NP passport stamp

National Park of American Samoa

National Park of American Samoa our 59th and final national park!
Receiving our 59th park certificates from NPS Ranger Pua Tuaua

Our 59th and final park!If we didn’t save the best for last, we certainly saved one of the best for last!  Nearly two-and-a-half years after we began our journey to visit all of the national parks, we have finally visited our last one — The National Park of American Samoa.

This was our last park primarily because it was the most difficult to get to.  It is south of the equator in the South Pacific Ocean; closer to Australia than to the United States.  Hawaiian Airlines flies there just twice a week from Honolulu, so our routing took us from Los Angeles to Honolulu for an overnight, and then on to Pago Pago [pronounced PAHNG-oh PAHNG-oh] the next day.  Elapsed travel time to reach this island chain was just over 24 hours for us, 12 of which were in the air.  Clearly, traveling to this national park requires commitment!

Because we had some difficulty trying to find out how to best visit this final park, I am going to provide more logistical details in this post for those readers who plan to tackle American Samoa at some point.  In fact, I will write two separate posts — this first one will focus on the geography and our experience in the park itself; the second one will share more of the fun, cultural things we did during our week-long stay in American Samoa, and provide some hopefully helpful information and links for travelers who plan to make the trip here themselves in their own quests to visit all 59 [at the time of this blog post] of our incredible national parks.

Samoa IslandsHistory and Geography — The Samoan Islands are part of Polynesia, and while they have been populated for over 3,000 years, they have only been known to the western world for a little more than two centuries.  Samoa is referred to as the Heart of the South Pacific, and it is believed to be where all Polynesian people originated.

The Samoan archipelago includes the independent nation of Samoa (formerly called Western Samoa) and American Samoa, a US territory approximately 60 miles to the east.  While both share a common language and culture, each has distinct natural features, and fun fact: because the international dateline separates these two nations, American Samoa is one hour earlier than Hawaii and Samoa is one entire day earlier.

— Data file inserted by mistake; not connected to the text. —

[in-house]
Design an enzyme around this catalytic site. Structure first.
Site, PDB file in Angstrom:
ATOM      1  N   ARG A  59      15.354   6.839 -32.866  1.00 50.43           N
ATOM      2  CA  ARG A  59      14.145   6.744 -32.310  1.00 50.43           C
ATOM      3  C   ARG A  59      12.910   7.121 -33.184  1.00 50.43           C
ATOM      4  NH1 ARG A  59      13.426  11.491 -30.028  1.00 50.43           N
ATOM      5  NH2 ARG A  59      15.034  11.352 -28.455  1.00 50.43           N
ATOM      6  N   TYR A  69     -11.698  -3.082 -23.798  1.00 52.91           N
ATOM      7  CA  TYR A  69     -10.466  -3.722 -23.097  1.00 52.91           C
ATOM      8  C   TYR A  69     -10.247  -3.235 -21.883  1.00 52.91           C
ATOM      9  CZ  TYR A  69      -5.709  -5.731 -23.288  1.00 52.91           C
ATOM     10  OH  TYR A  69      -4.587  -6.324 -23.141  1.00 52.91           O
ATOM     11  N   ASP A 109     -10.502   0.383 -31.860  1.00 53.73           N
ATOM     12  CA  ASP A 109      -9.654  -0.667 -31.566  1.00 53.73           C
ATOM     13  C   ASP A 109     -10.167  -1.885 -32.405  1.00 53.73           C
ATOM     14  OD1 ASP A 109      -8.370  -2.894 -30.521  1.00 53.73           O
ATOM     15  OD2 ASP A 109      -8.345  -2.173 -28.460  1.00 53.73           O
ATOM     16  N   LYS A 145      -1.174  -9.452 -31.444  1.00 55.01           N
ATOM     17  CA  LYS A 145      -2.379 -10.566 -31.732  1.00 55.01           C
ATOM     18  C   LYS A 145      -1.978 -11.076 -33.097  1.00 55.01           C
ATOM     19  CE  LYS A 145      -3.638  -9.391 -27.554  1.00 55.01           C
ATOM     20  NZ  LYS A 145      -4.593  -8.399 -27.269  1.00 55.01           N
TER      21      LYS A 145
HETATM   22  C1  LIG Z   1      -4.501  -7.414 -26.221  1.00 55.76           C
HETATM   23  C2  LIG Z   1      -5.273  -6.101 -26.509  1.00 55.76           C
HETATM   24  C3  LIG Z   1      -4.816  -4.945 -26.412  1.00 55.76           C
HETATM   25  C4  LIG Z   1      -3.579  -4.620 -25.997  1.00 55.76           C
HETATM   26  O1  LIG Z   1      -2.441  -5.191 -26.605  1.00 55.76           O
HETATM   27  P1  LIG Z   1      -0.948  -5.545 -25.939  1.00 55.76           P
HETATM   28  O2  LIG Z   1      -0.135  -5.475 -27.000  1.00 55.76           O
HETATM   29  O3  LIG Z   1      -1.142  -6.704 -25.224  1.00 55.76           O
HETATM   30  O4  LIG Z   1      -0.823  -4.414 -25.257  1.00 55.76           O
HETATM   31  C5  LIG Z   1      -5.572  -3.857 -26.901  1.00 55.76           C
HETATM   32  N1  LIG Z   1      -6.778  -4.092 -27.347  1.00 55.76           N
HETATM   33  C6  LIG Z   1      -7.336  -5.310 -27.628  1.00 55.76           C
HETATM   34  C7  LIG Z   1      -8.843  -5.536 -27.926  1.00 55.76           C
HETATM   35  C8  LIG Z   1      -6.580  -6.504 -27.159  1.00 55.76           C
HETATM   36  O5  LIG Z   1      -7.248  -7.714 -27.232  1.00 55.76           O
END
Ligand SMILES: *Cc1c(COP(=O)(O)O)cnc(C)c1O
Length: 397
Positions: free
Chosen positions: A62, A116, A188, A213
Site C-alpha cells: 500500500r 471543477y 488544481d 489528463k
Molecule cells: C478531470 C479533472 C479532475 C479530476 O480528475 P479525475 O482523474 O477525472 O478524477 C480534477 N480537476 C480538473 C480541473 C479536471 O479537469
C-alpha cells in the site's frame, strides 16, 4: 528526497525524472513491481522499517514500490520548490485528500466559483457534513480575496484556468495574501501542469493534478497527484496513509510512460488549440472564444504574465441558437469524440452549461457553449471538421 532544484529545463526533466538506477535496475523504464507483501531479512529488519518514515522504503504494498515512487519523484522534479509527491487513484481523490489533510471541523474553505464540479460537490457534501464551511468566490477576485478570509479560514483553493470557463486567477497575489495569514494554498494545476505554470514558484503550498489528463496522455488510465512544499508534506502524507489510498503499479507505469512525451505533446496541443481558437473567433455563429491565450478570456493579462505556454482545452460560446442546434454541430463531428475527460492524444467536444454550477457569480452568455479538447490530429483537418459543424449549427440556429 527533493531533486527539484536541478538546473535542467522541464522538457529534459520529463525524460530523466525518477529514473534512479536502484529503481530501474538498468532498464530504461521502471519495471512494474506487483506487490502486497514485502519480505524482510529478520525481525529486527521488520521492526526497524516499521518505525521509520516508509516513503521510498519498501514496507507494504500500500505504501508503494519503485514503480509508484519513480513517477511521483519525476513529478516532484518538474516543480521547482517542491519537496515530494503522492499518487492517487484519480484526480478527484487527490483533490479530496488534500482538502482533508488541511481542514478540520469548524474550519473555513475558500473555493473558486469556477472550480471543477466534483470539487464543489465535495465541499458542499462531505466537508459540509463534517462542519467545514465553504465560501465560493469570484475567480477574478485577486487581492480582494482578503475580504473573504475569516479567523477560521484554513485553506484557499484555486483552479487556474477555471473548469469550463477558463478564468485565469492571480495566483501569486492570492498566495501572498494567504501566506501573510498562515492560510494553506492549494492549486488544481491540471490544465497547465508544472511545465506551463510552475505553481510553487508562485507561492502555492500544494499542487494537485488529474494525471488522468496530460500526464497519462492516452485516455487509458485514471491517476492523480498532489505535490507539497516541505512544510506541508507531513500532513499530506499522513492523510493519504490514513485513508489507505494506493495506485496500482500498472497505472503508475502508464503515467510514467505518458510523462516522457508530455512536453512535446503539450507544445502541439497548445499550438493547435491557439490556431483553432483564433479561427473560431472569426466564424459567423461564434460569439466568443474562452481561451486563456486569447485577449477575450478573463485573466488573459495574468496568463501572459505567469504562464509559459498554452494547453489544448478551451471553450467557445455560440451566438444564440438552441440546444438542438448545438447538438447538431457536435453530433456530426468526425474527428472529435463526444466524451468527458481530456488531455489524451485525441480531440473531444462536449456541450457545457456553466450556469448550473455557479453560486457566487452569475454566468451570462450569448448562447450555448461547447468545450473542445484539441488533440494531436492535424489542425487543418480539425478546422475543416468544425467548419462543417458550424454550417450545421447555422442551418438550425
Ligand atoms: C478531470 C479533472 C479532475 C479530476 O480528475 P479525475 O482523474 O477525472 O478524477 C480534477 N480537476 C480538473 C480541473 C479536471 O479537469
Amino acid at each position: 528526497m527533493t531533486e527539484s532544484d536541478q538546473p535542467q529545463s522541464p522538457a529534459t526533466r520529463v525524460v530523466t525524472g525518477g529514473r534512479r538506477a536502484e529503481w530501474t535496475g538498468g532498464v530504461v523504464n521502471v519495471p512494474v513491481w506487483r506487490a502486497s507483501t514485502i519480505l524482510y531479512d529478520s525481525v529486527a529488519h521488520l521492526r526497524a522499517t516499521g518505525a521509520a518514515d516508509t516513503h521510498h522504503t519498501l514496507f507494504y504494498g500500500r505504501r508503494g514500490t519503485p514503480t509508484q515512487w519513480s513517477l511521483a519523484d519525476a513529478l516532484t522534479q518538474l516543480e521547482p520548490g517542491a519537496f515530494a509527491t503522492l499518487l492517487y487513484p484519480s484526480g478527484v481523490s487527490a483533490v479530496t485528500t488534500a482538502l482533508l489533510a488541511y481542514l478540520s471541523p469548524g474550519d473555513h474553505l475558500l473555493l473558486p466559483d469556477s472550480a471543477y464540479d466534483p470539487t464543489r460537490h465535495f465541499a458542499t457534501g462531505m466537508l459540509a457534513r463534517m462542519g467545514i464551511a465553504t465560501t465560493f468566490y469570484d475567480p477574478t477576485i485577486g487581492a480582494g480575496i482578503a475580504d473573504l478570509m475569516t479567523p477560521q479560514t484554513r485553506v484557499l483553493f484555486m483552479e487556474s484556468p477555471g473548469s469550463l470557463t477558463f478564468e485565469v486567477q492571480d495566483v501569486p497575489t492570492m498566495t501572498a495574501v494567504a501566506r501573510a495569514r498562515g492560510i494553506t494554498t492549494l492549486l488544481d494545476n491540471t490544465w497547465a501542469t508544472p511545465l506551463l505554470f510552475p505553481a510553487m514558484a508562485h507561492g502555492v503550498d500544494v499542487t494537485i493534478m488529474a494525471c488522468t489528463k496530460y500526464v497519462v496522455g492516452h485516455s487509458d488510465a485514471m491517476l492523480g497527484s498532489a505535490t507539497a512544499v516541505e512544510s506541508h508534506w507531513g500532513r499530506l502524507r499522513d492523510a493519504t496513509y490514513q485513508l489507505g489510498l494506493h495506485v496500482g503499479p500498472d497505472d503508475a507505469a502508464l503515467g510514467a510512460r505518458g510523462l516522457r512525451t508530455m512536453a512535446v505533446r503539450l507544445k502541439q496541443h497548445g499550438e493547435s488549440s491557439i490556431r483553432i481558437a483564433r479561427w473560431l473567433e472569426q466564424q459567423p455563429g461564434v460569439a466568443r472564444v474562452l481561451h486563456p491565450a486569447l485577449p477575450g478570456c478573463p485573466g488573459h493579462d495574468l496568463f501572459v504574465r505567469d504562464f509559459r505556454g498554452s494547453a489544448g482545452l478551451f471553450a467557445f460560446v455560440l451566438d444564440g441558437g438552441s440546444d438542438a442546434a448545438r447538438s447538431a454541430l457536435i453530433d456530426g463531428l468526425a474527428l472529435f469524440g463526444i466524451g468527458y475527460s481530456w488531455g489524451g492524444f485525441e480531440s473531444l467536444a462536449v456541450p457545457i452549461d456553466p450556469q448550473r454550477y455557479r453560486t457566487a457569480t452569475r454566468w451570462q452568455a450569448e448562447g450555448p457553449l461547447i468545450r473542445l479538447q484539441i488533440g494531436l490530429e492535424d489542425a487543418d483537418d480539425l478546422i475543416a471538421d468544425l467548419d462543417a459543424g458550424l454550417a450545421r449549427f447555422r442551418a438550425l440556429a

Matafao Peak, at 2,142 feet, is the tallest peak on Tutuila
Matafao Peak, at 2,142 feet, is the tallest peak on Tutuila

American Samoa consists of seven primary islands: five rugged, highly eroded volcanic remnants and two uninhabited coral atolls.  Visitors fly in to Pago Pago [airport code PPG] which is located on Tutuila [too-too-EE-lah], the main island, and this is where most of the 70,000 residents of American Samoa make their homes.

The view from atop Mount Alava of Pago Pago Harbor
Pago Pago harbor and the villages of Pago Pago and Fagatogo as seen from the top of Mount Alava (which we climbed!)

Pago Pago Harbor is a collapsed volcanic caldera and it is one of the largest natural harbors in the South Pacific.  A steep mountainous spine runs the 20-mile length of the island with a few notable peaks including Tutuila’s tallest mountain, Matafao Peak (2,142′); Rainmaker Mountain (1,718′); and Mount ‘Alava (1,610’) looming over the harbor.  There are a couple of main villages with hotels (just four on Tutuila), restaurants (maybe a dozen, including two McDonalds that, like in mainland U.S., are a favorite of all the children), markets, office buildings, banks, etc., around the harbor, and then many smaller, more primitive villages scattered around the perimeter of the island.

National Park of American Samoa — The National Park of American Samoa consists of 9,500 acres, virtually all of which is rainforest, on three islands.  Tutuila is where the Visitor Center and the largest tract of park land can be found.  Ta’ū (tah-OO) and Ofu (OH-foo), 60 miles east of Tutuila, are sparsely populated islands where a couple of villages have only a few hundred people.  American Samoa’s tallest peak, Lata Mountain (3,170′) can be found on Ta’ū, and Ofu features sand beaches and coral reefs with a mountain backdrop.  In addition to the steep cliffs and rainforest area, another 4,000 acres of the park are offshore and under water.

Visitors to the National Park of American Samoa see land that is largely undeveloped, and the facilities found in most national parks are lacking here.  A few park information kiosks and placards can be found, but by and large, this park is enjoyed “with a bit of the explorer’s spirit” as the park brochure suggests.

NP of American Samoa Visitor Center
The Visitor Center – closed on this day, but we posed with the poster I made and came back on another day

As is always the case when we visit national parks, we attempted to make the Visitor Center our first stop, but after walking a mile from our hotel (in temperatures in the high 80’s and with lots of humidity) we saw the sign on the door that they were only open Mon-Fri from 8 a.m. to 4:30 p.m.  But not to worry, we took photos of ourselves by the front door, then using our “explorer’s spirit” meandered around the town some and hopped on one of the “aigas” — the unscheduled buses (more about these in my second post) — to go explore around the town.